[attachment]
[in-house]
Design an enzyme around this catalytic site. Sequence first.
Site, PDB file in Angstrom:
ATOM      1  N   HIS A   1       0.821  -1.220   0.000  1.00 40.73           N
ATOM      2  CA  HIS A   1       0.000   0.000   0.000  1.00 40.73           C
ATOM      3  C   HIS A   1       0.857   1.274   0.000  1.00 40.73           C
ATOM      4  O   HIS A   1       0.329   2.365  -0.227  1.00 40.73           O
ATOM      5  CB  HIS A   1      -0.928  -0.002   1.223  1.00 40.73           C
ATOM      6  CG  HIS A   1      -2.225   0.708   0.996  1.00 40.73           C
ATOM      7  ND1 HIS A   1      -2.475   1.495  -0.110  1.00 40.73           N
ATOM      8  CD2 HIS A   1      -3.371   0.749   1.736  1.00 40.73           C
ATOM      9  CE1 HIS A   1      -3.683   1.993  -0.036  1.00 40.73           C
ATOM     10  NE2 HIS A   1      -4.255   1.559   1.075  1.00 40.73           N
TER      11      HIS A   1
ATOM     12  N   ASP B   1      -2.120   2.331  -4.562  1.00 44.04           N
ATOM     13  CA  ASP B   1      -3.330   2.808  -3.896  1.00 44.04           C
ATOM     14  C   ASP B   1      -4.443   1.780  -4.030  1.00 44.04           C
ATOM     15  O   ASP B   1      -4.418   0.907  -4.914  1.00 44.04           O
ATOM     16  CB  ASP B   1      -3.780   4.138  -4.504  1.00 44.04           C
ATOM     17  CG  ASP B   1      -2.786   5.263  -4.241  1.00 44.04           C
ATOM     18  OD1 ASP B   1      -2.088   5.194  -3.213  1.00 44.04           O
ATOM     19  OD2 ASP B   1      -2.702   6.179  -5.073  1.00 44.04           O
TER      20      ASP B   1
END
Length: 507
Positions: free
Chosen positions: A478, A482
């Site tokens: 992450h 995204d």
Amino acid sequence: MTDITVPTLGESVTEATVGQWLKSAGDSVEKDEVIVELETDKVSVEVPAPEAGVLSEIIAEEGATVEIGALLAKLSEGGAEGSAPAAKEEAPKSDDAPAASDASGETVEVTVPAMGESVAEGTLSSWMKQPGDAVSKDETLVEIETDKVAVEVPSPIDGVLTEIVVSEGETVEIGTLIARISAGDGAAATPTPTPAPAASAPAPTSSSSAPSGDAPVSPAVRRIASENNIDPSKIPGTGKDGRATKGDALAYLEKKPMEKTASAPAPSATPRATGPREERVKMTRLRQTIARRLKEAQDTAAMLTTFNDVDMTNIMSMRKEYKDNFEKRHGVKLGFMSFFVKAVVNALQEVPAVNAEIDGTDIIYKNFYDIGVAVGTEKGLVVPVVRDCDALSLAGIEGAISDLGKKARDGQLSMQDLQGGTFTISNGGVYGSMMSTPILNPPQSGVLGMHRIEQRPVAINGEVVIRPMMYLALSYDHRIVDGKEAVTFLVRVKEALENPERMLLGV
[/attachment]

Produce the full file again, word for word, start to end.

[in-house]
Design an enzyme around this catalytic site. Sequence first.
Site, PDB file in Angstrom:
ATOM      1  N   HIS A   1       0.821  -1.220   0.000  1.00 40.73           N
ATOM      2  CA  HIS A   1       0.000   0.000   0.000  1.00 40.73           C
ATOM      3  C   HIS A   1       0.857   1.274   0.000  1.00 40.73           C
ATOM      4  O   HIS A   1       0.329   2.365  -0.227  1.00 40.73           O
ATOM      5  CB  HIS A   1      -0.928  -0.002   1.223  1.00 40.73           C
ATOM      6  CG  HIS A   1      -2.225   0.708   0.996  1.00 40.73           C
ATOM      7  ND1 HIS A   1      -2.475   1.495  -0.110  1.00 40.73           N
ATOM      8  CD2 HIS A   1      -3.371   0.749   1.736  1.00 40.73           C
ATOM      9  CE1 HIS A   1      -3.683   1.993  -0.036  1.00 40.73           C
ATOM     10  NE2 HIS A   1      -4.255   1.559   1.075  1.00 40.73           N
TER      11      HIS A   1
ATOM     12  N   ASP B   1      -2.120   2.331  -4.562  1.00 44.04           N
ATOM     13  CA  ASP B   1      -3.330   2.808  -3.896  1.00 44.04           C
ATOM     14  C   ASP B   1      -4.443   1.780  -4.030  1.00 44.04           C
ATOM     15  O   ASP B   1      -4.418   0.907  -4.914  1.00 44.04           O
ATOM     16  CB  ASP B   1      -3.780   4.138  -4.504  1.00 44.04           C
ATOM     17  CG  ASP B   1      -2.786   5.263  -4.241  1.00 44.04           C
ATOM     18  OD1 ASP B   1      -2.088   5.194  -3.213  1.00 44.04           O
ATOM     19  OD2 ASP B   1      -2.702   6.179  -5.073  1.00 44.04           O
TER      20      ASP B   1
END
Length: 507
Positions: free
Chosen positions: A478, A482
């Site tokens: 992450h 995204d």
Amino acid sequence: MTDITVPTLGESVTEATVGQWLKSAGDSVEKDEVIVELETDKVSVEVPAPEAGVLSEIIAEEGATVEIGALLAKLSEGGAEGSAPAAKEEAPKSDDAPAASDASGETVEVTVPAMGESVAEGTLSSWMKQPGDAVSKDETLVEIETDKVAVEVPSPIDGVLTEIVVSEGETVEIGTLIARISAGDGAAATPTPTPAPAASAPAPTSSSSAPSGDAPVSPAVRRIASENNIDPSKIPGTGKDGRATKGDALAYLEKKPMEKTASAPAPSATPRATGPREERVKMTRLRQTIARRLKEAQDTAAMLTTFNDVDMTNIMSMRKEYKDNFEKRHGVKLGFMSFFVKAVVNALQEVPAVNAEIDGTDIIYKNFYDIGVAVGTEKGLVVPVVRDCDALSLAGIEGAISDLGKKARDGQLSMQDLQGGTFTISNGGVYGSMMSTPILNPPQSGVLGMHRIEQRPVAINGEVVIRPMMYLALSYDHRIVDGKEAVTFLVRVKEALENPERMLLGV